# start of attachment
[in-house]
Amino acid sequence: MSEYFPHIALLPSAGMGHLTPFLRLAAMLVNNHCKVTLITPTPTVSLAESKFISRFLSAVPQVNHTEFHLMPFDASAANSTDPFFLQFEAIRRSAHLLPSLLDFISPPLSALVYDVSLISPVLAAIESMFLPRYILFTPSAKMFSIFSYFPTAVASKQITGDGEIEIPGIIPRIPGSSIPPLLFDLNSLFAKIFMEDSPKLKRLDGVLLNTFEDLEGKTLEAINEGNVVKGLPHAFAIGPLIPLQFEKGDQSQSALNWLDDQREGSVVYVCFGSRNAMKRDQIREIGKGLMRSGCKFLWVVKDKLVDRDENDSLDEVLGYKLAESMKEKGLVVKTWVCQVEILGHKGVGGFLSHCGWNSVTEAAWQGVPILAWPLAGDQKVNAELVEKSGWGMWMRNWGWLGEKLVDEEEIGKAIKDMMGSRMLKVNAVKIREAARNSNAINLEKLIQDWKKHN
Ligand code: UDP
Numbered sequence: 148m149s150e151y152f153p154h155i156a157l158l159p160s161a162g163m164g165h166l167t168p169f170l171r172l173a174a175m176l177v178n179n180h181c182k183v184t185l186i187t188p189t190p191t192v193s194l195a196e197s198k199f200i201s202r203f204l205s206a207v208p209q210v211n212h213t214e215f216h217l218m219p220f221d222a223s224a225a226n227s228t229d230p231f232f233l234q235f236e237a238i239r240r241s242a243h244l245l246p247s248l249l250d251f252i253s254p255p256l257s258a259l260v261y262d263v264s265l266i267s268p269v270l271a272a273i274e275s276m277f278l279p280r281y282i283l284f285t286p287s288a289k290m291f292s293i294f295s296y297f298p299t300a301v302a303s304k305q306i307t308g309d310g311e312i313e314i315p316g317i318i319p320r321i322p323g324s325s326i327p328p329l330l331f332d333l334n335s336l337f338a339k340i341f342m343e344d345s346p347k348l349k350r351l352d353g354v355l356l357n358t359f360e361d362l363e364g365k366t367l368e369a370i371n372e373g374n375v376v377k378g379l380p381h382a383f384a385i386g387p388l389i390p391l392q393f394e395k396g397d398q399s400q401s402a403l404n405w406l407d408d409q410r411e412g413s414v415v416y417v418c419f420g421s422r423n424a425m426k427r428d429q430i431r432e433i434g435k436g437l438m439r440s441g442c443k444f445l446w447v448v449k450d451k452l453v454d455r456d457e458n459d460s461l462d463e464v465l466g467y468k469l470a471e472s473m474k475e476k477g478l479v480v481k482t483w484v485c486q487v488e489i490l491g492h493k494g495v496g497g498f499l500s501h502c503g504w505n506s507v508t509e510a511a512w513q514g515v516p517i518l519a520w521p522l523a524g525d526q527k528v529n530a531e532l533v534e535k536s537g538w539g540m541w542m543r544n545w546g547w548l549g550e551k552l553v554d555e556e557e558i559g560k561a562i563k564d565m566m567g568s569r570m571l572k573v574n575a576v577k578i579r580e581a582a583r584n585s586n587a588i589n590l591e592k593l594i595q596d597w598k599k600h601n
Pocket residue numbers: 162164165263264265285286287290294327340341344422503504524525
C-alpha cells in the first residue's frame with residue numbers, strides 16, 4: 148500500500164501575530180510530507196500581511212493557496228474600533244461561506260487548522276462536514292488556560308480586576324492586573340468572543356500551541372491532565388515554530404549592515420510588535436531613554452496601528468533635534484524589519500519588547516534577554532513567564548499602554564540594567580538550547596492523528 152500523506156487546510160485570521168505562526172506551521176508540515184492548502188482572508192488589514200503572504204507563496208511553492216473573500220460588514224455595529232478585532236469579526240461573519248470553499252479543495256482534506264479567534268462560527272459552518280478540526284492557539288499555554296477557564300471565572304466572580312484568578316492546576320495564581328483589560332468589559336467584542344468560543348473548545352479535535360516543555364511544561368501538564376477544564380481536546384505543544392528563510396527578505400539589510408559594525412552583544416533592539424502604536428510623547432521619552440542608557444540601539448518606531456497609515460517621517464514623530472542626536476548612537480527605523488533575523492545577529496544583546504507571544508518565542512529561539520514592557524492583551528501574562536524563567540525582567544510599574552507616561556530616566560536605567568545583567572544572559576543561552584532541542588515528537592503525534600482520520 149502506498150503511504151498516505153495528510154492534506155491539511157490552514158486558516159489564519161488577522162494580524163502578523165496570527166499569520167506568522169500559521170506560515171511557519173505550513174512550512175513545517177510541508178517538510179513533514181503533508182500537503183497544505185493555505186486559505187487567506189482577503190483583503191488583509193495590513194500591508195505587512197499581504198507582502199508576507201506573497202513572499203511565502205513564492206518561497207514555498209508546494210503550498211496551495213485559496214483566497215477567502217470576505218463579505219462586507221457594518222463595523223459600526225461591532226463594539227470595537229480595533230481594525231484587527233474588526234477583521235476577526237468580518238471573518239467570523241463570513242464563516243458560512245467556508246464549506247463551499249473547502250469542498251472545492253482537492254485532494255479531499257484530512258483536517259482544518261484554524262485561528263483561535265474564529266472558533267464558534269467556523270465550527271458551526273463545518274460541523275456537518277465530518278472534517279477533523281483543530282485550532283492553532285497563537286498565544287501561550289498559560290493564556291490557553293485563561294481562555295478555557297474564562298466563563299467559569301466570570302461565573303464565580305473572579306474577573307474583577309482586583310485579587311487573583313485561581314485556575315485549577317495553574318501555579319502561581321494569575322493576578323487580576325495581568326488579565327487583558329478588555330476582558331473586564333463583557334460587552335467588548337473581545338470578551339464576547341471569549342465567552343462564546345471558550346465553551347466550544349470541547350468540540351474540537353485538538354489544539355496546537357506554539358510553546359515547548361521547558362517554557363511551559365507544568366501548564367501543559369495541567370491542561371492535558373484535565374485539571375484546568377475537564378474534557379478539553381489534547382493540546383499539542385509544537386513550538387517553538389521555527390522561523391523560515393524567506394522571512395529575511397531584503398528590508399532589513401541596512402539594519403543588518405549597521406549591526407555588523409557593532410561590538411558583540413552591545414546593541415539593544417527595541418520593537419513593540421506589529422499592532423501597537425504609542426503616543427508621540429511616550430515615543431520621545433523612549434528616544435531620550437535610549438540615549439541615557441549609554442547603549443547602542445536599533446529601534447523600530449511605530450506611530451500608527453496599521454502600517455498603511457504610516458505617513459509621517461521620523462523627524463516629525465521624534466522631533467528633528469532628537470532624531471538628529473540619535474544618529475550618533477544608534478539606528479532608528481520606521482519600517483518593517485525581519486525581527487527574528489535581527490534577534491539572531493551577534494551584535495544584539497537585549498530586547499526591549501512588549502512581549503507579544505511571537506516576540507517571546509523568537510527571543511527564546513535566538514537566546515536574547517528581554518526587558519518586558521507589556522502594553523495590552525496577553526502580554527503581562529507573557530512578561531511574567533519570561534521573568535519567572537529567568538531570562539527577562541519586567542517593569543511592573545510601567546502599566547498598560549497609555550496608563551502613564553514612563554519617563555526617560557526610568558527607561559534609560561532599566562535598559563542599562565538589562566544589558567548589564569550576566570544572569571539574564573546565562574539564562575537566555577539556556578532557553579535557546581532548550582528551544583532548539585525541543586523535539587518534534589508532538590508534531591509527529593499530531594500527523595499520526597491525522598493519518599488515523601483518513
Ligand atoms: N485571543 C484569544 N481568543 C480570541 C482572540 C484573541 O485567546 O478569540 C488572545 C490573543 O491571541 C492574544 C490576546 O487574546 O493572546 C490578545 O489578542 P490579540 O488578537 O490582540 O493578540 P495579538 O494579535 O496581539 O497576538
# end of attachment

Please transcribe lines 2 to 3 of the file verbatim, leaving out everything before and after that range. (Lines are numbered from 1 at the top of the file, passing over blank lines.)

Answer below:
Amino acid sequence: MSEYFPHIALLPSAGMGHLTPFLRLAAMLVNNHCKVTLITPTPTVSLAESKFISRFLSAVPQVNHTEFHLMPFDASAANSTDPFFLQFEAIRRSAHLLPSLLDFISPPLSALVYDVSLISPVLAAIESMFLPRYILFTPSAKMFSIFSYFPTAVASKQITGDGEIEIPGIIPRIPGSSIPPLLFDLNSLFAKIFMEDSPKLKRLDGVLLNTFEDLEGKTLEAINEGNVVKGLPHAFAIGPLIPLQFEKGDQSQSALNWLDDQREGSVVYVCFGSRNAMKRDQIREIGKGLMRSGCKFLWVVKDKLVDRDENDSLDEVLGYKLAESMKEKGLVVKTWVCQVEILGHKGVGGFLSHCGWNSVTEAAWQGVPILAWPLAGDQKVNAELVEKSGWGMWMRNWGWLGEKLVDEEEIGKAIKDMMGSRMLKVNAVKIREAARNSNAINLEKLIQDWKKHN
Ligand code: UDP